Uncle Sam can be a very good customer. But landing government contracts is a tricky business, where red tape reigns supreme and bigger, more established companies have an edge. Try telling that to Sumi Krishan, who landed her first deal as a teenager.
While other kids were busy watching Sesame Street, Sumi Krishnan was learning the ins and outs of the federal contract market. It's a head start that proved lucrative when she launched her own IT firm, K4 Solutions, landing her first government contract in her late teens.
"My father's software company worked on government contracts for years," says Krishnan, now 26. "So I saw that growing up."
Today, her IT services and support company is a major player in technical and administrative contracting, providing everything from help desk and networking engineering support to video conferencing for Air Force bases and other government agencies across the nation, including the Pentagon.
Two years ago, K4 won a five-year, $17 million contract with the U.S. Patent and Trademark Office, where Krishnan had worked after graduating from Virginia Tech with a degree in electrical engineering. And this summer, she was awarded a sought-after contract to oversee office automation and military personnel administration support for the 88th Communications Group at the Wright-Patterson Air Force Base in Dayton, Ohio, one of the nation's largest military installations.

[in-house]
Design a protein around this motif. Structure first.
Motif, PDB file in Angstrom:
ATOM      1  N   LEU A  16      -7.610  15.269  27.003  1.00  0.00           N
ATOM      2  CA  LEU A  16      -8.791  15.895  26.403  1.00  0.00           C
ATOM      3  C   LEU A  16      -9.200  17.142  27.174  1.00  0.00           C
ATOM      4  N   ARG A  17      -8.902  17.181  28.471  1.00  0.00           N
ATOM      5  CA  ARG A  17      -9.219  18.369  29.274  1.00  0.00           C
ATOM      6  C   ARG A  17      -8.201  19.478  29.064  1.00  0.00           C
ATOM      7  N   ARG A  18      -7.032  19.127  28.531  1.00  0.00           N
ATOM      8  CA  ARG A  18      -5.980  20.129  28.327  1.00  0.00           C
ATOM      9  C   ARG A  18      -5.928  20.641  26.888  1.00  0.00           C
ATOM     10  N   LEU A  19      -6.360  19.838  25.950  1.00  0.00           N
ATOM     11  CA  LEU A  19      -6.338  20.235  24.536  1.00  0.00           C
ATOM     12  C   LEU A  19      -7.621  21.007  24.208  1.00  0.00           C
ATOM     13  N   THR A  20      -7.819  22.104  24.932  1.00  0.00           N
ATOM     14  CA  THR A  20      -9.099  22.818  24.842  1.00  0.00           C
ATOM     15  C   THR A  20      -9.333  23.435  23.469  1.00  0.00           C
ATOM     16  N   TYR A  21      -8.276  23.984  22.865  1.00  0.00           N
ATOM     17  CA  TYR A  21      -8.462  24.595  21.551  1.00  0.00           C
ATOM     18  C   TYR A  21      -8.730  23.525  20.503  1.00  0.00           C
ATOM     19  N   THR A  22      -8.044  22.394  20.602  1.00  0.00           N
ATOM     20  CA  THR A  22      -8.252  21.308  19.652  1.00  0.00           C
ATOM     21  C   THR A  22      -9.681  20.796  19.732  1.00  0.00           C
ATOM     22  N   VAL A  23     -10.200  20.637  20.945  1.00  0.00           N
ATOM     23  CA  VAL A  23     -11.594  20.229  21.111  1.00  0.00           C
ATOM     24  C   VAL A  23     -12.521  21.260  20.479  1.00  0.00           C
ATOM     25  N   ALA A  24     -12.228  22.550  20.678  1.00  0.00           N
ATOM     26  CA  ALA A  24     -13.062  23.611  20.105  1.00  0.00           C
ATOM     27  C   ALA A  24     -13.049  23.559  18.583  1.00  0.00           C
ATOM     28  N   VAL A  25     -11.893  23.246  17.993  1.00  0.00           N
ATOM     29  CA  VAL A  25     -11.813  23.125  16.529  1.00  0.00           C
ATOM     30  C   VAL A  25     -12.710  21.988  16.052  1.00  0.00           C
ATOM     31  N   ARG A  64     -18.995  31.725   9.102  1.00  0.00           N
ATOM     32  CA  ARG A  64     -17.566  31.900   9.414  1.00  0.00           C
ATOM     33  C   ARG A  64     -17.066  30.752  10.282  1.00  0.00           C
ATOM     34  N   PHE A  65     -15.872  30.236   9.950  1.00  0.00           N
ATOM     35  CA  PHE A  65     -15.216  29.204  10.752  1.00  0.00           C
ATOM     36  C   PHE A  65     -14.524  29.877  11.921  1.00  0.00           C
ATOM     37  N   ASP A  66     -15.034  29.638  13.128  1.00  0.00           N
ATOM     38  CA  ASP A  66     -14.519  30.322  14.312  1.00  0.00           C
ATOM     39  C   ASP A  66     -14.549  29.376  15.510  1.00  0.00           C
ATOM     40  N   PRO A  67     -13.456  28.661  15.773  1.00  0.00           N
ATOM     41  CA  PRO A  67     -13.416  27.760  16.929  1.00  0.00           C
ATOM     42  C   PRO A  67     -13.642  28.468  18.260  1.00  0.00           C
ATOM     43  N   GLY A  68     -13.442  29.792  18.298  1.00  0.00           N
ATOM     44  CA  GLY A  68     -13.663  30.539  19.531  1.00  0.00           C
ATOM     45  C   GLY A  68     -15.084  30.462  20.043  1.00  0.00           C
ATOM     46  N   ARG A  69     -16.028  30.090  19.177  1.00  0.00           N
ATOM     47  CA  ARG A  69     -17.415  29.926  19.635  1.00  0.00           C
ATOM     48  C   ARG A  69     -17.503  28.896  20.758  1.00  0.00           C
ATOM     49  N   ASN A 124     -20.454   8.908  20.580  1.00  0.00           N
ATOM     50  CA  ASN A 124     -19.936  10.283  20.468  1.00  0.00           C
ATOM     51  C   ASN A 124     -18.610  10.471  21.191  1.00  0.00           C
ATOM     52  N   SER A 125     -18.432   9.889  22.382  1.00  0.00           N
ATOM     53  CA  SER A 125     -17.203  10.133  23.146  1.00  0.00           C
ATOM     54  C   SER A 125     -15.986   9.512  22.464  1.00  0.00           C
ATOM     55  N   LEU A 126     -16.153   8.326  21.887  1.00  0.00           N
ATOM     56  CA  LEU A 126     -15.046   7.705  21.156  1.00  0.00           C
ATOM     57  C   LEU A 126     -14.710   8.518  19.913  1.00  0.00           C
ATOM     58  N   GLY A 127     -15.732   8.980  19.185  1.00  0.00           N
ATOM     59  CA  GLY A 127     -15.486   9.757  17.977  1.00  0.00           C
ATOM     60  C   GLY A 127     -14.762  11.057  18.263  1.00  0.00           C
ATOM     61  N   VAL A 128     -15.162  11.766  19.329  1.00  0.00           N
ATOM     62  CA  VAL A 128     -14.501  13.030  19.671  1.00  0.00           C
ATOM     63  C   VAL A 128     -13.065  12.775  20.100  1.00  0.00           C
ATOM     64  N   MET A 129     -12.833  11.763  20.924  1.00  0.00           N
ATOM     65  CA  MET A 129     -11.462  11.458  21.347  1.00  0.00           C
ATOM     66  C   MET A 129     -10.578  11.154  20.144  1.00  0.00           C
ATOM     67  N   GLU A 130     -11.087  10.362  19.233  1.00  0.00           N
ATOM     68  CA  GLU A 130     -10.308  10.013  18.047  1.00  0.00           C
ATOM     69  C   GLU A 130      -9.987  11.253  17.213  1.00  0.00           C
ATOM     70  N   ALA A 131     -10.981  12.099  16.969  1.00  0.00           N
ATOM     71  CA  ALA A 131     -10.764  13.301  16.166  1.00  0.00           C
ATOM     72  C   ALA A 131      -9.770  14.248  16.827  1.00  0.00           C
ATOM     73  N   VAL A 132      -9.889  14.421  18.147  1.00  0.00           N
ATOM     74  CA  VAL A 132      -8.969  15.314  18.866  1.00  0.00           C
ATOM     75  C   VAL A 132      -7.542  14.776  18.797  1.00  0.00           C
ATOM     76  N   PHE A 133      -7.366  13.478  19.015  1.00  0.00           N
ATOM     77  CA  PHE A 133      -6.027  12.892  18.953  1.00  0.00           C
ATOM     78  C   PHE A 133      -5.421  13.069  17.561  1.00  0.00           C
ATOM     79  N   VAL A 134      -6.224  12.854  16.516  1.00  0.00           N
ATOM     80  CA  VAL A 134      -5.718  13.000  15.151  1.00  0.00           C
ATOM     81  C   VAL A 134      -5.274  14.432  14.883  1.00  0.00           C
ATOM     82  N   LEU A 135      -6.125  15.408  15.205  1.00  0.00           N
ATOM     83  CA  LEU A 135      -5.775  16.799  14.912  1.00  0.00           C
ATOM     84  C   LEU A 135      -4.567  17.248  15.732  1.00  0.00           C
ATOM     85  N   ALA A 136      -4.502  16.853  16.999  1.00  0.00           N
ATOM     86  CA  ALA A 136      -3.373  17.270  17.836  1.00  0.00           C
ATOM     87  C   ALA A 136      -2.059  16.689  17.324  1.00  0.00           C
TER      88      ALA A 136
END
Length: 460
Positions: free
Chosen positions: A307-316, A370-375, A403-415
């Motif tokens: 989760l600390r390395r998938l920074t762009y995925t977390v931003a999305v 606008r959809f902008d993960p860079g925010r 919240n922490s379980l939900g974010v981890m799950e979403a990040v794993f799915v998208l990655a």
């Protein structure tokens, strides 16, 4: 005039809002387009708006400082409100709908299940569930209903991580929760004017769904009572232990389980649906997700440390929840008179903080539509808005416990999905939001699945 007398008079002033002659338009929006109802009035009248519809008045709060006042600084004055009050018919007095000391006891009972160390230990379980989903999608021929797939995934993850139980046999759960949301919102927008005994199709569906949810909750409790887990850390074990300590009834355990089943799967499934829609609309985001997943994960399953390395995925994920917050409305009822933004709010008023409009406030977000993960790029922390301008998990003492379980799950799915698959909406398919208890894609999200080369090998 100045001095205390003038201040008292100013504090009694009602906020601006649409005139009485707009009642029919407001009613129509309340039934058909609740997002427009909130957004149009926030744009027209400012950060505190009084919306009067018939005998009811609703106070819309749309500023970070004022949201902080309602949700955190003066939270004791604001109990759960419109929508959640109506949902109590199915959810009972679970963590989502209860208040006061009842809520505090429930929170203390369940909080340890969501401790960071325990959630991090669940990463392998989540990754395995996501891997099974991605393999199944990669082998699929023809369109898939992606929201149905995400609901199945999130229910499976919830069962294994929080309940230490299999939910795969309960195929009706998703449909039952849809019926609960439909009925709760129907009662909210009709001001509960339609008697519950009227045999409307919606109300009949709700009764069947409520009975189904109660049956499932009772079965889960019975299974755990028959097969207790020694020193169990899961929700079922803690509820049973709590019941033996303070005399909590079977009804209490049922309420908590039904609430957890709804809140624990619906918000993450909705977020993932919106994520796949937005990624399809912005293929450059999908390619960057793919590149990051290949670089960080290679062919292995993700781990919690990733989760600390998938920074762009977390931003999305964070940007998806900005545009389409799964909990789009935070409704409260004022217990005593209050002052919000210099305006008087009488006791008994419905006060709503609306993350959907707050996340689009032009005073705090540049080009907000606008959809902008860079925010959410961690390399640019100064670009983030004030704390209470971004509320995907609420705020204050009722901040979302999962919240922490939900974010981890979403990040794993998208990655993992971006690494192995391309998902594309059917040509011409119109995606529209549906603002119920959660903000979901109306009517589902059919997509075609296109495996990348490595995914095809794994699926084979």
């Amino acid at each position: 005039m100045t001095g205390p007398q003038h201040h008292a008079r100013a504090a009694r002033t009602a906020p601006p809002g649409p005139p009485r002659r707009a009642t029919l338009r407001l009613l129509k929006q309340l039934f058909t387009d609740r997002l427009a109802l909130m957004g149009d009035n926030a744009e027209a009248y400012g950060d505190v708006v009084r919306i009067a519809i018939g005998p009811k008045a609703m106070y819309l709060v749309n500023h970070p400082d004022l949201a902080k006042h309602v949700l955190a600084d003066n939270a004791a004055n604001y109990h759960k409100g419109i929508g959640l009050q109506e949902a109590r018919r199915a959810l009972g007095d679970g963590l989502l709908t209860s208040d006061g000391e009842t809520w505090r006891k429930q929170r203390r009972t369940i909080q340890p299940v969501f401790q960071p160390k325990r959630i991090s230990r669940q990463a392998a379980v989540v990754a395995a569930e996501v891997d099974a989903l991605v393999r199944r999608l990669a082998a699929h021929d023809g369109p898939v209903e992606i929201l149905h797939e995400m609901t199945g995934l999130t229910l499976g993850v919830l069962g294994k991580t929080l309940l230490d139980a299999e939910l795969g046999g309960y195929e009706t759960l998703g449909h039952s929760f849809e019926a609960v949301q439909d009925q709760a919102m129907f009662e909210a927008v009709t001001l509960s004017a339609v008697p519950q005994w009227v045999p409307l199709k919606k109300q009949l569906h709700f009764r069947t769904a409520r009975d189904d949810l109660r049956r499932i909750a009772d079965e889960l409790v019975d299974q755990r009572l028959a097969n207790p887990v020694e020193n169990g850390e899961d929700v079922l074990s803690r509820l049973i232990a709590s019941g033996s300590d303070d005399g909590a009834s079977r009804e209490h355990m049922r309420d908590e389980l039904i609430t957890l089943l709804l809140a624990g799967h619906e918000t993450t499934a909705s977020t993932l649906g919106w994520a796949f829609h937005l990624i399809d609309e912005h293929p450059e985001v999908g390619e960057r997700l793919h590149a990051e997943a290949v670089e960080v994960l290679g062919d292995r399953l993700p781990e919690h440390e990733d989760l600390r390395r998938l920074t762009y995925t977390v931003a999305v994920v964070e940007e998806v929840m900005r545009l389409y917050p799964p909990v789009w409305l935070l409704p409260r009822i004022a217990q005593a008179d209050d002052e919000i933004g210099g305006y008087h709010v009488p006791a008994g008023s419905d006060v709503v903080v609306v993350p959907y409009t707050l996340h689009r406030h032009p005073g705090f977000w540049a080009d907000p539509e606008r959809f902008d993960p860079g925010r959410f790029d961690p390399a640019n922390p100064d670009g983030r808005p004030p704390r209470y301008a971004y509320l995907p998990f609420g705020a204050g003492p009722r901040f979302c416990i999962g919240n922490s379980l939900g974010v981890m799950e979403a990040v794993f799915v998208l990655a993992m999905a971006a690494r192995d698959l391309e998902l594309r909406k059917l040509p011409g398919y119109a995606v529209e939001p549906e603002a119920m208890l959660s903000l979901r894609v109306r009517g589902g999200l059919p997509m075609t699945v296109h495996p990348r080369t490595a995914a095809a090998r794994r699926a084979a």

That's a stellar resume for anyone. But it's all the more impressive given the federal government's preference for awarding technology contracts to larger, more experienced businesses with a proven track record and the contacts that come with it. Unlike Silicon Valley and other high-tech hubs, she says, it's "not always the case that the market is led by younger people" in the government contracting world.
Still, she sees her age as an advantage. To create K4, Krishnan brought together some tech-savvy friends with a range of IT skills and know-how -- not surprisingly, all 20-somethings -- then drew up a list of available services that roughly matched procurement needs. Getting her foot in the door with subcontracts for onsite work at places like the Defense Department, government officials soon took notice.
At the same time, she says, being young meant she didn't have anything weighing her down, like a mortgage or a family to feed. "Launching any business is risky, but for me there really was much to risk," she says. Likewise, as a manager and an employer, Krishnan says she didn't have anything to "unlearn," either from the corporate world or business school.
And when it came to vying for highly competitive contracts among older, experienced business owners entrenched in the federal bureaucracy, she simply refused to let her age be an issue.
"In order to keep moving ahead, I can't focus on it," she says. "There are too many hurdles out there to let age become one of them."
That kind of determination and success has earned her kudos from a range of trade and industry groups, including an emerging leadership award earlier this year from the Armed Forces Communications and Electronics Association.
Her advice to other young entrepreneurs: "Don't get discouraged too easily. You never know where you're next break is going to come from."
And now that he is retired, Krishnan's father is her closest advisor. "I got the entrepreneurial spirit from him," she says.